Thursday, February 19, 2009

Out of Ushuaia, Back to Chile and Torre de Paines: Feb 17 - 19

When I left Ushuaia it was an incredibly beautiful day. The mountains that had been so miserable when I arrived in Ushuaia (cold, rain, fog, and dark) were just the opposite. This lasted for a while, then ¨Patagonia¨ caught up with me again. After three hours I was hitting heavy winds (60 mph) that were pushing me across the road. This was on asphalt, but I knew that after the border I had 120 km of dirt and gravel and I really didn´t want to fight it in the wind. Also, my stomach was doing flip-flops on its own.

Fortunately there is a small hotel at the border at San Sebastian. It´s the only thing there, so they know they have you by the short ones. They only had a room with four beds, but said they would only charge me for a double. Anything at that point.

Later, at dinner, I was talking to three young ladies from France and Belgium who needed a place to stay and the waitress suggested they share my room. Oh, if only I was producing porn pictures I couldn´t have come up with a better plot premise! Unfortunately, reality once again reared its ugly head and we just ended up turning it into a dorm... or more like I was the intruder at a girl scout camp. But it was a place to sleep, and ended up being much cheaper by sharing.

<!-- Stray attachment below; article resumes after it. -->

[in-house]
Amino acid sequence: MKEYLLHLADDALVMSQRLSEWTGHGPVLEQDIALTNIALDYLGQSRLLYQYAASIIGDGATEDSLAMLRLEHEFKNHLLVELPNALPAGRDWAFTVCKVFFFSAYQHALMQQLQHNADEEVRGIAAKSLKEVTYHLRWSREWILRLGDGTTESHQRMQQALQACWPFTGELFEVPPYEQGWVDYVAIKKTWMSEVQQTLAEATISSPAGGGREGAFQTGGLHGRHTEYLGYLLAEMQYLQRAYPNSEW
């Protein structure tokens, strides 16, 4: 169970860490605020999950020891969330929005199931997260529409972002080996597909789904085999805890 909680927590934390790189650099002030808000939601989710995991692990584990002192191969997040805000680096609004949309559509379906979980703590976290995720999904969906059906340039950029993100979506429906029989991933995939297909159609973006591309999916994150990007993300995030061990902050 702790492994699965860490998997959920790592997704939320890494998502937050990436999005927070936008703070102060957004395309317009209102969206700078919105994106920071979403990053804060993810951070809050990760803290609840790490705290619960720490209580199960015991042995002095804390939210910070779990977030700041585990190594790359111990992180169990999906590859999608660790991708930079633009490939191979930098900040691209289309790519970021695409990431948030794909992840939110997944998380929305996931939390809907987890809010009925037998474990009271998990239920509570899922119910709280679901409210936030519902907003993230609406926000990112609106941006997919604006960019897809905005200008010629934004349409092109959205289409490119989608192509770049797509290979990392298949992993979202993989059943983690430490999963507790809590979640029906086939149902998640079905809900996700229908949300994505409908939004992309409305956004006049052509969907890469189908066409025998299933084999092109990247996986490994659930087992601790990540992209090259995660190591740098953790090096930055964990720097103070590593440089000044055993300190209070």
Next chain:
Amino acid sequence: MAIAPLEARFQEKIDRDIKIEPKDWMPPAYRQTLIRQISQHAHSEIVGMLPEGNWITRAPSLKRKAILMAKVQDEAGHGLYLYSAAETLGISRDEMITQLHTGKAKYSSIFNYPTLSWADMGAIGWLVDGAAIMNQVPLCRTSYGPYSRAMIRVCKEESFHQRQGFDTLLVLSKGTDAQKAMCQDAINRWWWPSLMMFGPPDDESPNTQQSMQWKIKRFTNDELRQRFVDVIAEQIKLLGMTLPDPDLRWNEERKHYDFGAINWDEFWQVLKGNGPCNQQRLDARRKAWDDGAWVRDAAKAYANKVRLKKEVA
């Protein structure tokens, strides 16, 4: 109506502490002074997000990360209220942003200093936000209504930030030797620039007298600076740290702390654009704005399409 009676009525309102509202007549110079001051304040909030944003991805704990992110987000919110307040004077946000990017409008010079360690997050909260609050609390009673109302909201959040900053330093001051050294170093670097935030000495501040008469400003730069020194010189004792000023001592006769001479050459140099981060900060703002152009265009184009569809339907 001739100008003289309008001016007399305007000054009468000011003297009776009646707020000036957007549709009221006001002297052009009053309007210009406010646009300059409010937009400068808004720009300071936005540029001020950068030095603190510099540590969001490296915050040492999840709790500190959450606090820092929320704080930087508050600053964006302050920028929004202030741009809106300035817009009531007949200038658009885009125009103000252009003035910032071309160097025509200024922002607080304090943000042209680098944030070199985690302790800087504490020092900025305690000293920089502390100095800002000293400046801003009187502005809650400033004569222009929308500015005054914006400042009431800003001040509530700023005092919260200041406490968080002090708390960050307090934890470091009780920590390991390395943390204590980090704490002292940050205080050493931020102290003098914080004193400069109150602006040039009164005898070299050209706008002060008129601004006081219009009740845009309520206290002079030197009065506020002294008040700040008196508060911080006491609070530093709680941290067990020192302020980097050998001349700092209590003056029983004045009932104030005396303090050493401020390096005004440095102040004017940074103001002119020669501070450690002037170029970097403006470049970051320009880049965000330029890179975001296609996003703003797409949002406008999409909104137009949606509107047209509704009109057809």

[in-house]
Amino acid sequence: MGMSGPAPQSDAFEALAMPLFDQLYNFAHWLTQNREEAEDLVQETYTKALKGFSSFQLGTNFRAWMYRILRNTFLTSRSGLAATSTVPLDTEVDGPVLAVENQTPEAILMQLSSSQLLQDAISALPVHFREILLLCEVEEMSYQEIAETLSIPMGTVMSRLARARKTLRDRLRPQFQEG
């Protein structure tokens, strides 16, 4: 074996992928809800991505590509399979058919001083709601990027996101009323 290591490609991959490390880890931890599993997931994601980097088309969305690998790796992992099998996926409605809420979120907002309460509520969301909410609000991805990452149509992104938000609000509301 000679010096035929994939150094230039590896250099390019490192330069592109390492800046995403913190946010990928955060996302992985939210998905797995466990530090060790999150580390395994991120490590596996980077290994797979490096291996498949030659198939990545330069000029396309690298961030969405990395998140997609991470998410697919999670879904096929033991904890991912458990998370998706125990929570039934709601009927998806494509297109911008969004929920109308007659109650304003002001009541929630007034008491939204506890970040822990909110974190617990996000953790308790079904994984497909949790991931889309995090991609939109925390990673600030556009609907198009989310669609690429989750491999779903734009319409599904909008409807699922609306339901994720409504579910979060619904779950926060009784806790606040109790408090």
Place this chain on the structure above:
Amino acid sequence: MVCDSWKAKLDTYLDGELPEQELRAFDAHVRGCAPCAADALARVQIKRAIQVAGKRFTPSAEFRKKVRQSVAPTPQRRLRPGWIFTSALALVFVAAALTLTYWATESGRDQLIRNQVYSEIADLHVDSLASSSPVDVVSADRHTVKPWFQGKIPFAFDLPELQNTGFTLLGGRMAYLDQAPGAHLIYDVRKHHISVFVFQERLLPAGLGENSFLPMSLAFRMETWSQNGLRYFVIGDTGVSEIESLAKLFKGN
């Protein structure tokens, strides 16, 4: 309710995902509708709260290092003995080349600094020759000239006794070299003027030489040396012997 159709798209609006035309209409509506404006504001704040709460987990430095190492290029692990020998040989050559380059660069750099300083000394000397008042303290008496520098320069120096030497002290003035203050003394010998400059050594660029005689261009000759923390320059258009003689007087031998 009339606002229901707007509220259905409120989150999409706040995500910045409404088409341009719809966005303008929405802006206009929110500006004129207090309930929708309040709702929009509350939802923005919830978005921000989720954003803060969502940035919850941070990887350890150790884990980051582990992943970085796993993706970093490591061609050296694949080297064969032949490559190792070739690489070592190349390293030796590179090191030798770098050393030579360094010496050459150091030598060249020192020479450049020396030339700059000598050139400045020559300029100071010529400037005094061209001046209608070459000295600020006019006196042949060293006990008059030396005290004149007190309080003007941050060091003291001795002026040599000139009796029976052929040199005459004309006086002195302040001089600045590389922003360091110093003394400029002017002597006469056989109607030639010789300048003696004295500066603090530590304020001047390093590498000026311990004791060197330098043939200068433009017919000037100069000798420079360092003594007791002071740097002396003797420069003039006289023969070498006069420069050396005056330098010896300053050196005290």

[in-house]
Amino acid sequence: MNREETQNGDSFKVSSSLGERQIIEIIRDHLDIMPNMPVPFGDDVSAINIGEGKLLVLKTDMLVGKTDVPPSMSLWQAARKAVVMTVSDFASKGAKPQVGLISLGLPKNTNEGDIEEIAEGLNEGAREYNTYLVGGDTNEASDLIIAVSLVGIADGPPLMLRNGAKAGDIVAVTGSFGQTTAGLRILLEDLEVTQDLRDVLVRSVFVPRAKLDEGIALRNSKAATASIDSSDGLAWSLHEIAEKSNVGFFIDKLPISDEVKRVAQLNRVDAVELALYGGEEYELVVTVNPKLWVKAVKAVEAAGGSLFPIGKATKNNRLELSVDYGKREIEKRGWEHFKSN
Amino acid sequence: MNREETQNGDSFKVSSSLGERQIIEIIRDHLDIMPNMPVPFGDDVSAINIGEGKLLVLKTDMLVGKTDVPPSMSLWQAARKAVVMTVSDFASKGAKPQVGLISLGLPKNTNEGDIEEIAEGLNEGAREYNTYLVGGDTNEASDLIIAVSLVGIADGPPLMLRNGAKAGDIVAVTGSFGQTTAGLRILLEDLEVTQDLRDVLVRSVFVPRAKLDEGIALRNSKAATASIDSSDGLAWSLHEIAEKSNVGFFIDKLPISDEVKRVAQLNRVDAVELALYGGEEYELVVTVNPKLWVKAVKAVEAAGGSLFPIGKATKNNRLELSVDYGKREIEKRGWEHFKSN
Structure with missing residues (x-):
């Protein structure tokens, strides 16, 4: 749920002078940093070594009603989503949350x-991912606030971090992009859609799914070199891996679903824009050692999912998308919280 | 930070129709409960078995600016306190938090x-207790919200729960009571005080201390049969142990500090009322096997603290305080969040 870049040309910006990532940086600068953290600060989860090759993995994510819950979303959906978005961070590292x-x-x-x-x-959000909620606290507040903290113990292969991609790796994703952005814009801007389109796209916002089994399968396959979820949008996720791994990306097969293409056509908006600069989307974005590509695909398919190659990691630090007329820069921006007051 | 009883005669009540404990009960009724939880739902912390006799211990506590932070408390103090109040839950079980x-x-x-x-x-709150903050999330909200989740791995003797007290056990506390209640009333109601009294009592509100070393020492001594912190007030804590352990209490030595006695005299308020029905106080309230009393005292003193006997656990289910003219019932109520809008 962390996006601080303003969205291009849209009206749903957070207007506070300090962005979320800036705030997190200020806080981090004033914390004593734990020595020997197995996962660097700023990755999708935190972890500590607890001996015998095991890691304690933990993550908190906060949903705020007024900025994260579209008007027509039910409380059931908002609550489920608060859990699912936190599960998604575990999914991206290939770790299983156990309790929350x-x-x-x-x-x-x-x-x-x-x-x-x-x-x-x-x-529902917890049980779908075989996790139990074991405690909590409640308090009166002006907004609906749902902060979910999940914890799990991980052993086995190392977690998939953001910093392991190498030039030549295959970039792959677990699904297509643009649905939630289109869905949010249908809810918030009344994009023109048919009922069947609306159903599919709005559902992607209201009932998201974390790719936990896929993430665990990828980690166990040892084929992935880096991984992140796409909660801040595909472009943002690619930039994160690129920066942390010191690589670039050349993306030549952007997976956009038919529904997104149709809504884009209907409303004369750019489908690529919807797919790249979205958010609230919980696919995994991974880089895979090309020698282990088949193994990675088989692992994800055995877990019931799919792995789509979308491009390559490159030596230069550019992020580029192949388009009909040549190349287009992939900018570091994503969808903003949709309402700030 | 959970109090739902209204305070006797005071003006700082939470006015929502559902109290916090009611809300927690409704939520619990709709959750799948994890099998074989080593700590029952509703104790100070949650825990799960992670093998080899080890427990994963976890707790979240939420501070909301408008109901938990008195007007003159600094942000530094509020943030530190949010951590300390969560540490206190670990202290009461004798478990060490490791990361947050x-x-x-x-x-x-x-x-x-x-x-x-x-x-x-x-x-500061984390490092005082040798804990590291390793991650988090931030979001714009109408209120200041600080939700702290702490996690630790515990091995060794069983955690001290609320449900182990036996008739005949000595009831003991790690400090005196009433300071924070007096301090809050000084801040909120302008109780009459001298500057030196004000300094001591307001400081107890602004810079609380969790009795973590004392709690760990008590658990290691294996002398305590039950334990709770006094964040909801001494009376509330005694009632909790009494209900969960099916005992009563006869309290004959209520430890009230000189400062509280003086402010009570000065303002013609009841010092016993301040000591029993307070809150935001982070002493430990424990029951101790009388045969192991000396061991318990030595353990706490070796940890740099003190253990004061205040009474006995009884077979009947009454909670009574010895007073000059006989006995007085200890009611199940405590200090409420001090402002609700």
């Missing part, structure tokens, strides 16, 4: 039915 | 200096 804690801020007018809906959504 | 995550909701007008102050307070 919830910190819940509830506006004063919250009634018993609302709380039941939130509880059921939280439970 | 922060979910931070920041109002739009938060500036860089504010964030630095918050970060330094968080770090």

And anyway, I can always lie about the ending!

The next morning was much calmer, and the ride fine. Passing Paso Garibaldi gave me a great view of one of Southern Chile´s famous fjords.

The weather from San Sebastian then turned cold. I mean REALLY cold. I stopped to put on everything I owned, including all my electric gear. (Thank you Luz for the balaklava... I really needed it). I arrived in Puerto Natales (Chile) and spent the night.

Originally I had been planning on spending a few camping in Parque Torre de Paines, but given the cold I decided against it. Remember, this is the South At Sixty Tour, not the I Can Suffer Through Anything Tour ... I´m a woooos! The electric gloves and jacket liner were great, but I forgot to turn off the headlights and when I arrived at the park I had a dead battery. You can´t push-start the bike on dusty gravel roads (no traction) but I finally found someone with jumper cables and got going again.
I had a spectacular day riding a couple of hundred miles of dirt to and through the park. Only one minor mishap that resulted in a sprained wrist that is still bothering me. But you can see why the scenery is worth the effort. The critters below are guanacos, a kind of cross between a llama and an antelope.

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